Rather I'm talking about that meek, asthma-ridden Queen Vic bartender known as "Lofty," an original EastEnders castmember, whose alter-ego, actor Tom Watts, is one of Britain's leading football journalists.
Just my luck I chose to come to London in late May the day before Watt's one-man, fringe-theatre play, Fever Pitch, is closing.
The play was adapted from the book of the same name written by Nick Hornby, who chronicles his obsession with the Arsenal football team (which also counts among its ardent fans Susan "Michelle Fowler" Tully, Watts' erstwhile on-screen wife).
When Watt and I finally make contact on the telephone to set a time and place for our interview I realize that my timing couldn't have been worse since the Euro Cup competition was just starting and he was busy trying to firm up his press credentials for the opening ceremonies at Wembley Stadium. In addition to acting career, Watt writes a regular column on football for The Observer newspaper, and has authored two acclaimed books (The End and A Passion for the Game) about the sport, which he also covers for BBC Radio and a London cable television station.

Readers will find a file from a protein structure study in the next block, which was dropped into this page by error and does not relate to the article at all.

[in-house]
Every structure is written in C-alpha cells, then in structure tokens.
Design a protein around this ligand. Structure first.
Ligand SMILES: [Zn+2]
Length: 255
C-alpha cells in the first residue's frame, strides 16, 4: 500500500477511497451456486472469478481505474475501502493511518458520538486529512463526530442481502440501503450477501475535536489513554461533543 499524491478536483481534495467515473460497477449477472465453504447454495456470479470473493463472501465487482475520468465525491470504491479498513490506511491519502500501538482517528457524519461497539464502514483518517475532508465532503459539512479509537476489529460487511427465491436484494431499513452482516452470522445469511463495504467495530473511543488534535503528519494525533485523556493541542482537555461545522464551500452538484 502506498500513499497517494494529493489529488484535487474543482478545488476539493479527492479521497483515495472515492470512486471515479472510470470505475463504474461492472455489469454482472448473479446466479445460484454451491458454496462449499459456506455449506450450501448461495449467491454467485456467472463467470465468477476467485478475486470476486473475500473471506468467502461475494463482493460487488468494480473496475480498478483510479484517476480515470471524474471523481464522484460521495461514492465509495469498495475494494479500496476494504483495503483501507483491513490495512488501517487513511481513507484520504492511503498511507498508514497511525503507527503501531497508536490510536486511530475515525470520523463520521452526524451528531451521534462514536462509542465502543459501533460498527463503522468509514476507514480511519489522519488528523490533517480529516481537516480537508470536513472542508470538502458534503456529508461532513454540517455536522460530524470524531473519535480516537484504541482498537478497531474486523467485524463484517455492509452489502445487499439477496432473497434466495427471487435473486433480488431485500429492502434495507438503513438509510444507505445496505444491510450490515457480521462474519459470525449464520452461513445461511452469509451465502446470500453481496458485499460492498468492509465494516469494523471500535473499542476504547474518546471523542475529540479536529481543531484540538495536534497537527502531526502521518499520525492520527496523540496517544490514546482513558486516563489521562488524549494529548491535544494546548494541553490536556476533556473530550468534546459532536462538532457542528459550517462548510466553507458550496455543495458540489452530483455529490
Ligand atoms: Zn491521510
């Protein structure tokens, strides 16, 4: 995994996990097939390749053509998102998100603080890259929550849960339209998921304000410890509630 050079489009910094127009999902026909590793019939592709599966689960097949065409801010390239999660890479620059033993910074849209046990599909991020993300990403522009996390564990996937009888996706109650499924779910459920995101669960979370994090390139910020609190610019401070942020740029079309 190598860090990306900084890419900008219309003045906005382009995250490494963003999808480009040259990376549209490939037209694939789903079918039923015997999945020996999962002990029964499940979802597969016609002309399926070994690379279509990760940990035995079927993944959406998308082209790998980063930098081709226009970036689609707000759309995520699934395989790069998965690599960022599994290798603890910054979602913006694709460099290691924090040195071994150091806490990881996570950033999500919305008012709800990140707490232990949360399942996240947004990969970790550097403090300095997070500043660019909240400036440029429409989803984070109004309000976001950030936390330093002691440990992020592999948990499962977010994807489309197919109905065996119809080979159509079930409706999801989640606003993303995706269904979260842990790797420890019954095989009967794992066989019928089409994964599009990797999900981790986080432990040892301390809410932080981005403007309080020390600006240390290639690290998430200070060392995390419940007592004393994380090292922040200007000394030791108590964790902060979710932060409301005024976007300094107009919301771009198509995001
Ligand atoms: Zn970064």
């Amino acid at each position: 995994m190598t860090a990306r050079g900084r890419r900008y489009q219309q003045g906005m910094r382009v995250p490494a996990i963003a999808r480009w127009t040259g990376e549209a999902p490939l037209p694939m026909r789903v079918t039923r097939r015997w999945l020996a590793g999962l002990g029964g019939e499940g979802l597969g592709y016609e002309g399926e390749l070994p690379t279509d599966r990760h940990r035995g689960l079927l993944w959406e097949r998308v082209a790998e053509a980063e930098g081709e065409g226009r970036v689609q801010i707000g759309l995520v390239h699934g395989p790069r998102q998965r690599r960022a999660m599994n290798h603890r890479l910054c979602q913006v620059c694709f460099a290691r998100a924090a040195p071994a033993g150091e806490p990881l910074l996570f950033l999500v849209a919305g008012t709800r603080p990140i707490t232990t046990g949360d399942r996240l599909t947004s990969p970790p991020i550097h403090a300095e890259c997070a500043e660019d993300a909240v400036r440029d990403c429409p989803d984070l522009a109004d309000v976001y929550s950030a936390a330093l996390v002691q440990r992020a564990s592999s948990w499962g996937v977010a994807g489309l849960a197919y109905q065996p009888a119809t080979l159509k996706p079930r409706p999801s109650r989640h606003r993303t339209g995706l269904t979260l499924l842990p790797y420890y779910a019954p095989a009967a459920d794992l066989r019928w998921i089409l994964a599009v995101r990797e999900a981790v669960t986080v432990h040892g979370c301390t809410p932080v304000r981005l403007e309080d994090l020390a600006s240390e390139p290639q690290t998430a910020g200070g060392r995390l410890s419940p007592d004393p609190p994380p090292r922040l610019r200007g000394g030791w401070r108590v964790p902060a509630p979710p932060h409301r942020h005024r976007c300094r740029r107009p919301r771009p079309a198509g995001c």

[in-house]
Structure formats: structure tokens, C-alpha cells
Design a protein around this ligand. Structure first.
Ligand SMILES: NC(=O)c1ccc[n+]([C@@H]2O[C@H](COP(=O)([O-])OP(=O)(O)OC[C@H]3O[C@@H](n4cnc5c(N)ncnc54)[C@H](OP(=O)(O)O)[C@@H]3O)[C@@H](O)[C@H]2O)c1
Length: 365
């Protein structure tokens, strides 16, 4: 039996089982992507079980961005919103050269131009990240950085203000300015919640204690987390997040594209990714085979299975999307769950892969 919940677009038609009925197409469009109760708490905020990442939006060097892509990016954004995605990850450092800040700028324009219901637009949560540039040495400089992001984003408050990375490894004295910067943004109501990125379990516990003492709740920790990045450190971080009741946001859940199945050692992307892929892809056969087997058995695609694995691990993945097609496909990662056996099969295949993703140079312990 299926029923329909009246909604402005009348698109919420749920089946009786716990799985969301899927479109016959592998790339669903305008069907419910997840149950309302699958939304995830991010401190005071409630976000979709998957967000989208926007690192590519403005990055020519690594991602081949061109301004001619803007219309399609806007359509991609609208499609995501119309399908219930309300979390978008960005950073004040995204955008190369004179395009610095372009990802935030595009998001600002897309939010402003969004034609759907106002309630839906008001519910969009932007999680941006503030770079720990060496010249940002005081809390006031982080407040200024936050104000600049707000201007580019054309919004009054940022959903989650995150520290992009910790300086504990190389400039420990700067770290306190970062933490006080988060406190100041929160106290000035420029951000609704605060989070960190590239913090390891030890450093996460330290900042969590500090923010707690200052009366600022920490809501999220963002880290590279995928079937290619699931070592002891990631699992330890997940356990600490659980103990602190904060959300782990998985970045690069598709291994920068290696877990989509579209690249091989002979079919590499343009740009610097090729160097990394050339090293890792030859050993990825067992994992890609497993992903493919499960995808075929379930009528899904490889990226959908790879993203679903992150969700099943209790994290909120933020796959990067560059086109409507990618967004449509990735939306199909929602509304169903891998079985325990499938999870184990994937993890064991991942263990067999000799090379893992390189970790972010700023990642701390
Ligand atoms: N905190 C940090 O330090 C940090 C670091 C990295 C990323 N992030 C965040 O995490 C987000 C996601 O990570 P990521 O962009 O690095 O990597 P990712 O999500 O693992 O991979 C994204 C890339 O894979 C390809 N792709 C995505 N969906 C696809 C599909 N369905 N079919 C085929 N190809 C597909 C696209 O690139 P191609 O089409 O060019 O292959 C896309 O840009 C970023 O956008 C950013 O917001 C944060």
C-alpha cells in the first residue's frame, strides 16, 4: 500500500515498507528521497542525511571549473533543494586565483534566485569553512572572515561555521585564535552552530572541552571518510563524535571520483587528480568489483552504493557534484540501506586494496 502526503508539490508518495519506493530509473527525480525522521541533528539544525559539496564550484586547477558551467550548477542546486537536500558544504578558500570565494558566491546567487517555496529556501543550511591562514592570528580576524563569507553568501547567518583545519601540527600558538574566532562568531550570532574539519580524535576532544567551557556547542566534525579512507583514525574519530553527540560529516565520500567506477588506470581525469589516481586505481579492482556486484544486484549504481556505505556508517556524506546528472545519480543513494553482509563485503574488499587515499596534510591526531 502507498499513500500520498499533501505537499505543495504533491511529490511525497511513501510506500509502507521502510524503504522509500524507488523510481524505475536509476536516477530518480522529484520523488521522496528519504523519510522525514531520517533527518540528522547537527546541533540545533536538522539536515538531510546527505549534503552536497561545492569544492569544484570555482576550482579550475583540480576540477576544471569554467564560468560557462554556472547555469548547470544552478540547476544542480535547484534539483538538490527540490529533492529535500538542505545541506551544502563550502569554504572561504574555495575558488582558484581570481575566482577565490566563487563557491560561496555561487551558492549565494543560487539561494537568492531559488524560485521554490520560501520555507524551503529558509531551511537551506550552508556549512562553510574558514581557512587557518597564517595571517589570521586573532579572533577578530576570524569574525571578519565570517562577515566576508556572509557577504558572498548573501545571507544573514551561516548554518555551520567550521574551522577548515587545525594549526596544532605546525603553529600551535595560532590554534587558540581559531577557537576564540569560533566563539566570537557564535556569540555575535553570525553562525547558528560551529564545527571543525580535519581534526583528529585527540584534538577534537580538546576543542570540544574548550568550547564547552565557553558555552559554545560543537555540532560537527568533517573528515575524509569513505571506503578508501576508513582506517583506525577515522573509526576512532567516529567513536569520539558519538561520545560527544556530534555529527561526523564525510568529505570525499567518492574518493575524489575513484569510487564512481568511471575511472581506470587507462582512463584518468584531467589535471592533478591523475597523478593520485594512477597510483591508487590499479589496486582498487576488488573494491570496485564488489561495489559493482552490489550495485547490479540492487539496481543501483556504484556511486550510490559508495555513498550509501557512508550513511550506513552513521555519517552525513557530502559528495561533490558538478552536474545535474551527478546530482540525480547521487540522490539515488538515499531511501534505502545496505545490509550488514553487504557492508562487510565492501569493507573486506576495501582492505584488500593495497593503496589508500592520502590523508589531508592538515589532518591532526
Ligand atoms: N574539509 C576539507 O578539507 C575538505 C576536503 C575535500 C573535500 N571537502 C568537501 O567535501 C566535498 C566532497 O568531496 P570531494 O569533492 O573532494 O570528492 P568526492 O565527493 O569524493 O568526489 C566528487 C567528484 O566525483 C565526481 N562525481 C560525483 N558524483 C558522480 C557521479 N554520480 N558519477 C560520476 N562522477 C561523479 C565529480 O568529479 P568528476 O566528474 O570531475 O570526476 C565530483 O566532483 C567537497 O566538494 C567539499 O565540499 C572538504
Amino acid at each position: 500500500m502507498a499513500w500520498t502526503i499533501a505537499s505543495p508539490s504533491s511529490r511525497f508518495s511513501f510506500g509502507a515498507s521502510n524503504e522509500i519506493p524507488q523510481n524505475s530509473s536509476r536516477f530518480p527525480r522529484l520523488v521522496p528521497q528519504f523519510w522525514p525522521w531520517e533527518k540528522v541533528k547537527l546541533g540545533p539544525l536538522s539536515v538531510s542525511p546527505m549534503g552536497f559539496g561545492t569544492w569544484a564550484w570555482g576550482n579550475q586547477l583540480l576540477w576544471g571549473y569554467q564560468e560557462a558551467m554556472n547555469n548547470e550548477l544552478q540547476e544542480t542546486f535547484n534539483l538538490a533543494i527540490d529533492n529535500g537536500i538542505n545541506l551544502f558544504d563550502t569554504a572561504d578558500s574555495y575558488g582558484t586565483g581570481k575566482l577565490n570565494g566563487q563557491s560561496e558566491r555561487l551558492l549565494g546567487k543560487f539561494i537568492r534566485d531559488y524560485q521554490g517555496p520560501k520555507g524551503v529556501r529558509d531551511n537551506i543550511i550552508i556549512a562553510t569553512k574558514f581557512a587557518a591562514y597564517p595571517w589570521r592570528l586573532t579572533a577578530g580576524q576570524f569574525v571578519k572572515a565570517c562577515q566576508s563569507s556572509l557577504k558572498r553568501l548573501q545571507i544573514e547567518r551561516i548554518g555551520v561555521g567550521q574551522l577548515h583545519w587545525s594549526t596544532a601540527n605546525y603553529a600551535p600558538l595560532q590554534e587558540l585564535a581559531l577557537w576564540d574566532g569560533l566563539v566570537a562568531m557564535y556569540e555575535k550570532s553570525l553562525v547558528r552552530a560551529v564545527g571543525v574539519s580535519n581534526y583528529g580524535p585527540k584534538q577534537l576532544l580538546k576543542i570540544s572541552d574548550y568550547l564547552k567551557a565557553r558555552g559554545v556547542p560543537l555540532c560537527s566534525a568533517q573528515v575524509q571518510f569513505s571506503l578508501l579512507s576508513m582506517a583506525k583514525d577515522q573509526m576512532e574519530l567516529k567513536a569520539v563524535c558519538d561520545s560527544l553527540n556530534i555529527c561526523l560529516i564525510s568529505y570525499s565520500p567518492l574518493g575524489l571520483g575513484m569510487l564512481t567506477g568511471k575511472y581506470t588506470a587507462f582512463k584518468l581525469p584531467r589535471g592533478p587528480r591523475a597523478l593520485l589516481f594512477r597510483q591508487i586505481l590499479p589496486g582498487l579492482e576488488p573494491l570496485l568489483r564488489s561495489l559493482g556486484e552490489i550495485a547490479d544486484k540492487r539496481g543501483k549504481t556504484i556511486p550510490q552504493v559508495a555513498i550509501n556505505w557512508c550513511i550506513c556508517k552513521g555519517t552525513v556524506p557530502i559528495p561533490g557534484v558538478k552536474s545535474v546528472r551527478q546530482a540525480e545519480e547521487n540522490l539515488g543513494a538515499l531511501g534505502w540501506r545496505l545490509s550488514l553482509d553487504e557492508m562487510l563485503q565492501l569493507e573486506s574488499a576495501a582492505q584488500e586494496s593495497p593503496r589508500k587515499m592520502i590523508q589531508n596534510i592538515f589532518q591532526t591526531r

We end up meeting in the lobby of late afternoon at the BBC's Broadcasting House where Watt was taping a session. A car is waiting for Watt, who apologizes for the abrupt introductions and invites me to take a ride with him to North London, near where he lives and grew up. It's not easy interviewing someone in a car, but I'm willing to give it a shot, considering I might not get any other chance.
It's apparent that EastEnders was nearly a lifetime ago for Watt considering he left the show nearly nine years ago. Yet the often-derided Lofty made Watt a recognizable face with the British public, which is not necessarily a bad thing for an actor.
I ask him if he's surprised that a publication like the Walford Gazette exists. Watt replies that he's not and remembers participating in a 1988 public television junket to America, in which he and several other castmembers met EastEnders' fervent New York fans at a downtown pub for a WNYC fundraiser.
WG: A sales clerk from Virgin's Megastore in London a couple of years ago told me you recorded a single of Bob Dylan's "Subterranean Homesick Blues."
We're about to enjoy our drinks, when a motorist waiting at the traffic light on the corner interrupts, honks his horn and yells toward Watt, "YEAH, ARSENAL!!!" It's always nice being recognized, offers an embarrassed Watt.